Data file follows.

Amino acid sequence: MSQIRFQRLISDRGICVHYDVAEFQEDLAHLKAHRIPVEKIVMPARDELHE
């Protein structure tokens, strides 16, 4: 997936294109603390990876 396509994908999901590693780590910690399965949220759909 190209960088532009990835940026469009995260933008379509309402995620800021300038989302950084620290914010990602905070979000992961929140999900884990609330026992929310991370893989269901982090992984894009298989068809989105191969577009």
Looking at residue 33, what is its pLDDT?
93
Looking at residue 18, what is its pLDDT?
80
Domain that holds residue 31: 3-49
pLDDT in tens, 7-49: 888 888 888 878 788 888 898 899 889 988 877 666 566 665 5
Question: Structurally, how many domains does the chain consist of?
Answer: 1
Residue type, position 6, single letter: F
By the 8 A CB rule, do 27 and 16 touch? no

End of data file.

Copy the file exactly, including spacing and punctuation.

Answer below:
Amino acid sequence: MSQIRFQRLISDRGICVHYDVAEFQEDLAHLKAHRIPVEKIVMPARDELHE
């Protein structure tokens, strides 16, 4: 997936294109603390990876 396509994908999901590693780590910690399965949220759909 190209960088532009990835940026469009995260933008379509309402995620800021300038989302950084620290914010990602905070979000992961929140999900884990609330026992929310991370893989269901982090992984894009298989068809989105191969577009």
Looking at residue 33, what is its pLDDT?
93
Looking at residue 18, what is its pLDDT?
80
Domain that holds residue 31: 3-49
pLDDT in tens, 7-49: 888 888 888 878 788 888 898 899 889 988 877 666 566 665 5
Question: Structurally, how many domains does the chain consist of?
Answer: 1
Residue type, position 6, single letter: F
By the 8 A CB rule, do 27 and 16 touch? no